Relationship or Just Another Transaction? – by David Tovey

Some people are talking relationships but acting transactionally

Whilst researching my next book I have had dozens of 1-2-1 conversations and observed hundreds of business people at exhibitions and networking events in the UK and Internationally.

Many of the business people I have met talk a good game about the long-established principles of know, like, trust and building long term relationships. They even seem to understand that the day of the predatory, self-interested sales person is over and intellectually ‘get’ that the way customers buy has fundamentally changed in the social media age. Intellectually they seem to understand that you should not ‘sell’ to the people they network with but rather they should seek to build a referral community. They seem to understand about adding value and investing in important relationships.


I have come to the conclusion that too many business people TALK about building long term trusted relationships yet behave as if they were trained at the ‘always be closing’ school of sales training. They expect others to invest in building relationships with them but act in a transactional way towards others.

They ‘know’ for instance that to build trust they need to show genuine interest in what others say yet can’t wait to interrupt and talk about themselves. They come to life when pitching their own product or service yet glaze over and lose interest when others talk about their business.

Don’t get me wrong, there is a time to make an enthusiastic presentation, there is a time to influence and sell. The problem is that too many people who claim to understand about building trusted relationships and referral networks, are trying to ‘sell’ too early, long before they have earned the right to tell their story.

It’s not just about being ‘bright’ or ‘right’

I have coached over a thousand professionals in business development skills. When I first worked with very bright people I quickly learned first-hand that being ‘bright’ had very little to with how good they were at building referral networks and winning business. I have lost count of how many struggling technology businesses are led by software engineers and programmers who tell me that a good product ‘sells itself’.

And it’s not just professionals who struggle with the concept that business is about much more than being good at what you do.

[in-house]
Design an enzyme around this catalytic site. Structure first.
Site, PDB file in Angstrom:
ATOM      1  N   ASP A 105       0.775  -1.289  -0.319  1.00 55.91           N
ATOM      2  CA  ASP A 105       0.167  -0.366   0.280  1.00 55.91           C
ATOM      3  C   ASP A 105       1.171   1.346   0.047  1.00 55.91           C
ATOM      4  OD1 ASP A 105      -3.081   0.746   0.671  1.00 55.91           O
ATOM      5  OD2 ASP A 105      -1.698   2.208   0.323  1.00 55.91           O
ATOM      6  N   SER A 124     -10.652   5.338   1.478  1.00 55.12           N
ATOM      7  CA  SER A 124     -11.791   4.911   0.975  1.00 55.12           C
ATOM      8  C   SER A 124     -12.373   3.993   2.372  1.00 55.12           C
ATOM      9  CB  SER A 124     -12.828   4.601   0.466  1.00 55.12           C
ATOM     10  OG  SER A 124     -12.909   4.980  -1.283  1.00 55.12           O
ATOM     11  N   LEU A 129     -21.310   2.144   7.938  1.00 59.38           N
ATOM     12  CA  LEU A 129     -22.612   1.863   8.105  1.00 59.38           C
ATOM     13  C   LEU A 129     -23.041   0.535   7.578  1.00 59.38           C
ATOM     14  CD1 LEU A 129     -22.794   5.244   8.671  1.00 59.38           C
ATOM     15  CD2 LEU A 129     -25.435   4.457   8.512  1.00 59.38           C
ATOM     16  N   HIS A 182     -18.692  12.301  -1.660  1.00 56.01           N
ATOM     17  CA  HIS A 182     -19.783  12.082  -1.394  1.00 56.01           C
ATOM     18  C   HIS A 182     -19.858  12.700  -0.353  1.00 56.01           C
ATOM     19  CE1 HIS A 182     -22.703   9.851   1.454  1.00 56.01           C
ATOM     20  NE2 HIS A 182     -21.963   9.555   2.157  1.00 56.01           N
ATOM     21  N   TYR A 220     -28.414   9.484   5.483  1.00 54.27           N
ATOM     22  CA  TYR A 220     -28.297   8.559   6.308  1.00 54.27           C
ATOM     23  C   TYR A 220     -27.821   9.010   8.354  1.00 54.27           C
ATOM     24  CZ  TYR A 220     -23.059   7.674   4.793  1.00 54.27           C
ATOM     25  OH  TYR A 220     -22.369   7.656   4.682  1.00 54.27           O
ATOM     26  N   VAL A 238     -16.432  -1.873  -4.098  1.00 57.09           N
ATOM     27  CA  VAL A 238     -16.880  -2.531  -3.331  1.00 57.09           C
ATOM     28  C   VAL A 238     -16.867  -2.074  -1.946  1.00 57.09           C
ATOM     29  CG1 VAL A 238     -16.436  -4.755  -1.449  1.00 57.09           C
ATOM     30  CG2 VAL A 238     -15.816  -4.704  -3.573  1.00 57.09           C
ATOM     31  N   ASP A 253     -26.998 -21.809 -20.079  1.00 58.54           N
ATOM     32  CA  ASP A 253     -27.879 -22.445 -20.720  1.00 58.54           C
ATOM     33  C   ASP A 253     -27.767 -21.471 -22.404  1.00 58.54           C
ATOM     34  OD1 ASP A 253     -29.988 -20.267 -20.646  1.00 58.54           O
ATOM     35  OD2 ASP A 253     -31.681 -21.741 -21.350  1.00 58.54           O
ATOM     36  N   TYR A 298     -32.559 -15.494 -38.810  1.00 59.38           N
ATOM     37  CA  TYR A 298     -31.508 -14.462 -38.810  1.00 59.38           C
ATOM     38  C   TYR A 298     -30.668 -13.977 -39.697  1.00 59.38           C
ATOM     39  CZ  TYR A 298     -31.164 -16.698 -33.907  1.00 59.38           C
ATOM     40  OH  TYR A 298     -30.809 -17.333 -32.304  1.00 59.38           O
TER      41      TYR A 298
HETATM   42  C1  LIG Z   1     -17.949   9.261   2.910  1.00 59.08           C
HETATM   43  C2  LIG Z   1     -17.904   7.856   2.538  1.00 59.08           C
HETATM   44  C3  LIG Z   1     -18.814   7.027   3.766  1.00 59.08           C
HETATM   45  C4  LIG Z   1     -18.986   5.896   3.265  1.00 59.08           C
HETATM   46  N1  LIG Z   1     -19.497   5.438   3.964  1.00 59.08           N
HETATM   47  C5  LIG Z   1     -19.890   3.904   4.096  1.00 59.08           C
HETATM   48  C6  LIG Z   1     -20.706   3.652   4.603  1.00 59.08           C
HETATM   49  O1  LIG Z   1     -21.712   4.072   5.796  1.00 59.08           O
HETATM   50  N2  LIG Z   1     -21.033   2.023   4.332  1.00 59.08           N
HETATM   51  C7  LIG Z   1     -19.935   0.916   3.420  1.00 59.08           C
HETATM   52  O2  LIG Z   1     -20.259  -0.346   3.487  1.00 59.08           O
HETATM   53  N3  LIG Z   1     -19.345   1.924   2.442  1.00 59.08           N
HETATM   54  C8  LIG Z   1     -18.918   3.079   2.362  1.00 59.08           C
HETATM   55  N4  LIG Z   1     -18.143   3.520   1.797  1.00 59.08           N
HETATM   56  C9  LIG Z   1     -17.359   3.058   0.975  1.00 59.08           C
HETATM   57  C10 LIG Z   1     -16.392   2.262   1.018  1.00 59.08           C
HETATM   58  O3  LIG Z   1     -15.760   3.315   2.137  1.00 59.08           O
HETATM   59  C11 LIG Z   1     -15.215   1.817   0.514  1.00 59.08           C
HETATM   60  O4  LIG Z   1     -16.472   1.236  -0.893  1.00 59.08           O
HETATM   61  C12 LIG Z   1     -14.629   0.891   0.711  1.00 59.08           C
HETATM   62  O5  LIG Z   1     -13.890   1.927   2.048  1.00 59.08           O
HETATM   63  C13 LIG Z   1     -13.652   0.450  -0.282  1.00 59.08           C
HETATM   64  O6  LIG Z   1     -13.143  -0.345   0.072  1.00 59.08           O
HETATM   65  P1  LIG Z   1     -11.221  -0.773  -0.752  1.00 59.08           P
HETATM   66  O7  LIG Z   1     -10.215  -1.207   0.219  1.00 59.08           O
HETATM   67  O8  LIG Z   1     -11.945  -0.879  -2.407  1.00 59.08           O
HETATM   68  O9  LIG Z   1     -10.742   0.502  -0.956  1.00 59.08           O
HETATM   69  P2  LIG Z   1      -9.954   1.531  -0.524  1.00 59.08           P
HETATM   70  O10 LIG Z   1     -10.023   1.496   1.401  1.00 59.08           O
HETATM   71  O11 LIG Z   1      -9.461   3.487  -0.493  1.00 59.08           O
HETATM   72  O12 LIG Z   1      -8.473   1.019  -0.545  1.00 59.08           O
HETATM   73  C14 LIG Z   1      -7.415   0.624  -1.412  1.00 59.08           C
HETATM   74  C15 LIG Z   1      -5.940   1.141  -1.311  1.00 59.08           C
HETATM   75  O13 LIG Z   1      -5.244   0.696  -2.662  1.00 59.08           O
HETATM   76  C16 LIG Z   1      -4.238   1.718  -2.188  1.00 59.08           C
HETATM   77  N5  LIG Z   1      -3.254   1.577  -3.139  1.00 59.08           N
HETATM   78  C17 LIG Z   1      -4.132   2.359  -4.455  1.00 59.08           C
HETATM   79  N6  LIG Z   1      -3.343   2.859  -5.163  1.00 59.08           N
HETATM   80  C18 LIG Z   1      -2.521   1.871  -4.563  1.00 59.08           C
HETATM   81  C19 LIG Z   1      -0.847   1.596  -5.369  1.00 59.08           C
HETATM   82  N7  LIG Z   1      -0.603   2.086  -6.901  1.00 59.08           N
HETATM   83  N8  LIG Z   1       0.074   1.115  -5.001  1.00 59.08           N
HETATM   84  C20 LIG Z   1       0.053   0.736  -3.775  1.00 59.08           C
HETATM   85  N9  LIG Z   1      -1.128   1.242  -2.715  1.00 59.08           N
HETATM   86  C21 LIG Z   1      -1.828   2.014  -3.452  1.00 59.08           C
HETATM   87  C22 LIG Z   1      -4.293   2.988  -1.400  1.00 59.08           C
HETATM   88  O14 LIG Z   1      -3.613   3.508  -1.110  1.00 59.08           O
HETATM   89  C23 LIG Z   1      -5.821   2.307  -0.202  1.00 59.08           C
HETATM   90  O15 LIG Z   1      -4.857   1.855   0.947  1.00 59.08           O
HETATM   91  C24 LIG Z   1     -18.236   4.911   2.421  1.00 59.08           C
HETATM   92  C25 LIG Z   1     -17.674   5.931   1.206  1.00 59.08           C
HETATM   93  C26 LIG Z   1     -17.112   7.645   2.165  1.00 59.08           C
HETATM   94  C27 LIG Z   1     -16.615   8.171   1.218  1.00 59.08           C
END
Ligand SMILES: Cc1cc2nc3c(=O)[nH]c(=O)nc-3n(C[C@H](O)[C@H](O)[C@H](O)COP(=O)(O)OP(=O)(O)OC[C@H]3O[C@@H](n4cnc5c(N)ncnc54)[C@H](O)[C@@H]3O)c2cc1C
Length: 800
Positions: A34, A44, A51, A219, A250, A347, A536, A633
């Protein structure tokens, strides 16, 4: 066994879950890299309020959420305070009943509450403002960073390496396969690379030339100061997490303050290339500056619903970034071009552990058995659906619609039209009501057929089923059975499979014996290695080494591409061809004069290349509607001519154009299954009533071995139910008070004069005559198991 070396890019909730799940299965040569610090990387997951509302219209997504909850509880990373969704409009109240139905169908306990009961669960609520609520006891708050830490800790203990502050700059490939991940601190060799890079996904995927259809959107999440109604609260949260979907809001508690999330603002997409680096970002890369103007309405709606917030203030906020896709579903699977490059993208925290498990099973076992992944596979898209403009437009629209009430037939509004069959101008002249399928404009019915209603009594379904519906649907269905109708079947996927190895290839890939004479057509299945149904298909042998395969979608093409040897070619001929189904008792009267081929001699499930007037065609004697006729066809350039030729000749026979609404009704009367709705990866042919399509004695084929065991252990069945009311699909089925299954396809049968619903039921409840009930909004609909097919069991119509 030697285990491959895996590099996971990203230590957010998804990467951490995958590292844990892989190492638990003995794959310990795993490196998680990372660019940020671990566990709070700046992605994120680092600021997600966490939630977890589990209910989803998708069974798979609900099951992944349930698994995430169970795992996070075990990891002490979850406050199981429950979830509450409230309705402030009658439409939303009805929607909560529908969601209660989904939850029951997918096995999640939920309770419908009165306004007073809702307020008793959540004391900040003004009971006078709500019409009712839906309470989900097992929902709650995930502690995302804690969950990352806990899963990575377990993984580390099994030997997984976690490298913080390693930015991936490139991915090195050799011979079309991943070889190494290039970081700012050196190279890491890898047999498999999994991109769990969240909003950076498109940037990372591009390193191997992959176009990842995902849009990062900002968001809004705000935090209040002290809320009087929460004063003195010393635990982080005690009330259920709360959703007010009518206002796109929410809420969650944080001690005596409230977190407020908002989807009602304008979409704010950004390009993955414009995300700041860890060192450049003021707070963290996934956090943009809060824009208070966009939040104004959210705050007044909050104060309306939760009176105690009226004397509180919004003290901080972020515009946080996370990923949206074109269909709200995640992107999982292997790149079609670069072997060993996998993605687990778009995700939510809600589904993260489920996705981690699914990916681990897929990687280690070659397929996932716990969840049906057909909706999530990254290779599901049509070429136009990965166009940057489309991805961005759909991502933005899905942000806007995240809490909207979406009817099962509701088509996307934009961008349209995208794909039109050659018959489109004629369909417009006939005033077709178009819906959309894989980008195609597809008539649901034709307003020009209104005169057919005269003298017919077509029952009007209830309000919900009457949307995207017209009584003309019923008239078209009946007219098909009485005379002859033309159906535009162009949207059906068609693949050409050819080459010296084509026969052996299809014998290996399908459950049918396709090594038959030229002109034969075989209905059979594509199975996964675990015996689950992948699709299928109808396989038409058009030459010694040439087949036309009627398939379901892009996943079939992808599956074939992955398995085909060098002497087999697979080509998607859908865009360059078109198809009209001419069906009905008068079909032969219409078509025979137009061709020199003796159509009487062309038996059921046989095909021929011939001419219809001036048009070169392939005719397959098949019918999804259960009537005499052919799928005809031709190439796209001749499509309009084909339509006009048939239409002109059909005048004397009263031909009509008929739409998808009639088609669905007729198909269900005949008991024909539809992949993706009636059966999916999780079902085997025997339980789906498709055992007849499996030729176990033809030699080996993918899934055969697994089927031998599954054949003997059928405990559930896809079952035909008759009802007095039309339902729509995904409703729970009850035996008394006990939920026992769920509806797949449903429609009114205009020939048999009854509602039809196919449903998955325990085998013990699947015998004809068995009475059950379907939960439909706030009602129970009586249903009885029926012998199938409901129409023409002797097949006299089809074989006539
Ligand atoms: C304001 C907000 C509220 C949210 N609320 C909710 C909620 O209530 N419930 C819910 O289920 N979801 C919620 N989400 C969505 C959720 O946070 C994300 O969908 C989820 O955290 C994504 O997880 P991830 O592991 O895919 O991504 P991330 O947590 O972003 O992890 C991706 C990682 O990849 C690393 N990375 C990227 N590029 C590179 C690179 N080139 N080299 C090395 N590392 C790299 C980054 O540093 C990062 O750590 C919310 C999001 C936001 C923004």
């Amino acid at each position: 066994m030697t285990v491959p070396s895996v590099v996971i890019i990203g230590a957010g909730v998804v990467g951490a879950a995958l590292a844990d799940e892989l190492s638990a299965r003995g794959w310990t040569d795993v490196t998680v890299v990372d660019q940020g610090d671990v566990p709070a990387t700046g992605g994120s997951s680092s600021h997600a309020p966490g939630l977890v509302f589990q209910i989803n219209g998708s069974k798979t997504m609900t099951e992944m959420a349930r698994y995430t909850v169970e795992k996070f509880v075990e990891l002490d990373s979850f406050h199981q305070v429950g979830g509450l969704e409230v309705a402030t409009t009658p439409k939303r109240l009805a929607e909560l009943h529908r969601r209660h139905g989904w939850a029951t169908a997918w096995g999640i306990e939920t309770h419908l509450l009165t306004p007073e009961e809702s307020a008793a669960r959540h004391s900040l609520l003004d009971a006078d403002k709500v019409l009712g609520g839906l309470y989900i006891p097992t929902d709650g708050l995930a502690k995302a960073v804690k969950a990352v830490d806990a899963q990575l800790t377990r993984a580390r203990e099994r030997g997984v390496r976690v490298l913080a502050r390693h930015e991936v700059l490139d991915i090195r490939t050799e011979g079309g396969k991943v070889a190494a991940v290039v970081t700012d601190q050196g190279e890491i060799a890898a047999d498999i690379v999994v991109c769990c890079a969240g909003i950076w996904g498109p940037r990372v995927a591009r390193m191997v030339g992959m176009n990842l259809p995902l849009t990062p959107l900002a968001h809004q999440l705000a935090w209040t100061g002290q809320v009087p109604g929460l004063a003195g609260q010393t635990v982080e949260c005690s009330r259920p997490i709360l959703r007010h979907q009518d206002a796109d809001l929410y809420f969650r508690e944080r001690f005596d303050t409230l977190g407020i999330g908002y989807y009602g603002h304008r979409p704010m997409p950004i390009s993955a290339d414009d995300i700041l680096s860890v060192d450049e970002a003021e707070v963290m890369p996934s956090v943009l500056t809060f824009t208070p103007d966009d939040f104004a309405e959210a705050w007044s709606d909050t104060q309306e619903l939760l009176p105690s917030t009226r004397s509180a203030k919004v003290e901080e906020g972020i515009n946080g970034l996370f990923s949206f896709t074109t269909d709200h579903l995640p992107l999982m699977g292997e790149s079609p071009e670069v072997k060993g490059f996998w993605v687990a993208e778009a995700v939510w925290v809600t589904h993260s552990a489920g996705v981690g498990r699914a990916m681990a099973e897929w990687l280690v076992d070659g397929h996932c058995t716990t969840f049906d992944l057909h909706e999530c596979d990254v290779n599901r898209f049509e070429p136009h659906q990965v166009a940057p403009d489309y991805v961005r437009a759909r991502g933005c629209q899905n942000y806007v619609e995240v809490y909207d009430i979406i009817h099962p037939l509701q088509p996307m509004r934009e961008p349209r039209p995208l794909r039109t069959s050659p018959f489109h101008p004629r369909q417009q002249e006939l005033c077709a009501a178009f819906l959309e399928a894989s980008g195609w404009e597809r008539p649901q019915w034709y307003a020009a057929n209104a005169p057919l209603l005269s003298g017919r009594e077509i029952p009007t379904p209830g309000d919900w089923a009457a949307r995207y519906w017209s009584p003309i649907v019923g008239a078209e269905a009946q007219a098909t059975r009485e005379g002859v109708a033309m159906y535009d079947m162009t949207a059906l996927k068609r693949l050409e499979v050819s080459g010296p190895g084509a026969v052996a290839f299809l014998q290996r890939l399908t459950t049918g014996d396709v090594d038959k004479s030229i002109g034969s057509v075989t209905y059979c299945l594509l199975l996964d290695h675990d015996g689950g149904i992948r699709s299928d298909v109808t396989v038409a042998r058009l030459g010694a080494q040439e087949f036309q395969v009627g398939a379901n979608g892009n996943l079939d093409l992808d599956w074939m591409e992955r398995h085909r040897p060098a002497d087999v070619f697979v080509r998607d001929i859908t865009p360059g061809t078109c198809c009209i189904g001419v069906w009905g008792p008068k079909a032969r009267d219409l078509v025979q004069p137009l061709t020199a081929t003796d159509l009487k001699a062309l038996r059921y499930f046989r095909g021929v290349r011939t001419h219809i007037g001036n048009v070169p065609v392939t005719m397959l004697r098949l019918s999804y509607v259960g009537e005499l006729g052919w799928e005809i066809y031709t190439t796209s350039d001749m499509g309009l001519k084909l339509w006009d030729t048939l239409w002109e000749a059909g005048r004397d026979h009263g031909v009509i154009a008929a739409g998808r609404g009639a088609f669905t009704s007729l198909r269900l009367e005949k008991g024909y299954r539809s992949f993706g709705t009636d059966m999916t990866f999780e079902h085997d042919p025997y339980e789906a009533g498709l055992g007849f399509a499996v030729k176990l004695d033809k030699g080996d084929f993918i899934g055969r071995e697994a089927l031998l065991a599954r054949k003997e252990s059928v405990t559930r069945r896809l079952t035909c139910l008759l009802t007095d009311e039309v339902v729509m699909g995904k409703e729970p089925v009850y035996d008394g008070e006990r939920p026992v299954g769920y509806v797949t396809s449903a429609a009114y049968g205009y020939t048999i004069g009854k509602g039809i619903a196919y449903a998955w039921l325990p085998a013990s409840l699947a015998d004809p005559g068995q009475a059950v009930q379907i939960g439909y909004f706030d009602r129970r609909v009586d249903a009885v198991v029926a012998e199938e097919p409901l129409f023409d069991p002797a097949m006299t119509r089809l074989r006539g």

The emotional experience of buying

All the top performers I have met in business produce greater results than their peers because they understand the emotional experience of buying. They know how to earn the right, through building human relationships, to share the value they add to their customers and clients. They are acutely aware of how human behaviour works and how to suppress any tendency to pitch their products or services too early. They understand that buying is an emotional experience where logic plays a part only to justify the emotional decision that had been made.

I am not saying that the quality of your product or service doesn’t matter – it does. No one will do business with you or refer you if you have a reputation for not delivering as promised. Understanding that emotion plays a huge part in whether you get the chance to prove yourself in the first place is critical to success.

No matter what you sell, emotions play a huge part in the outcomes of your networking conversations, your 1-2-1 meetings and all your business interactions. Right from the start potential buyers or referrers are asking themselves if they like you and fewer things make a ‘seller’ unlikable than pitching themselves or their business too early.

Most business people I meet have invested a great deal of time in developing their business offer, many of them need to invest at least the same amount of time developing the awareness and skills involved in applying emotional intelligence to their networking activities.


David Tovey is a motivational speaker, coach, consultant and author of Principled Selling – How to Win More Business Without Selling Your Soul, published by Kogan Page. With over 25 years of sales and marketing experience, David works with individuals and organisations to help them achieve outstanding sales growth with a joined up approach to inbound marketing, social media, sales, major account management and sales leadership. You can contact David at You also can connect with him at Twitter and LinkedIn.


Get your free preview of Chapter 1 from Selling Fearlessly.

Check out the 86 reviews for Selling Fearlessly at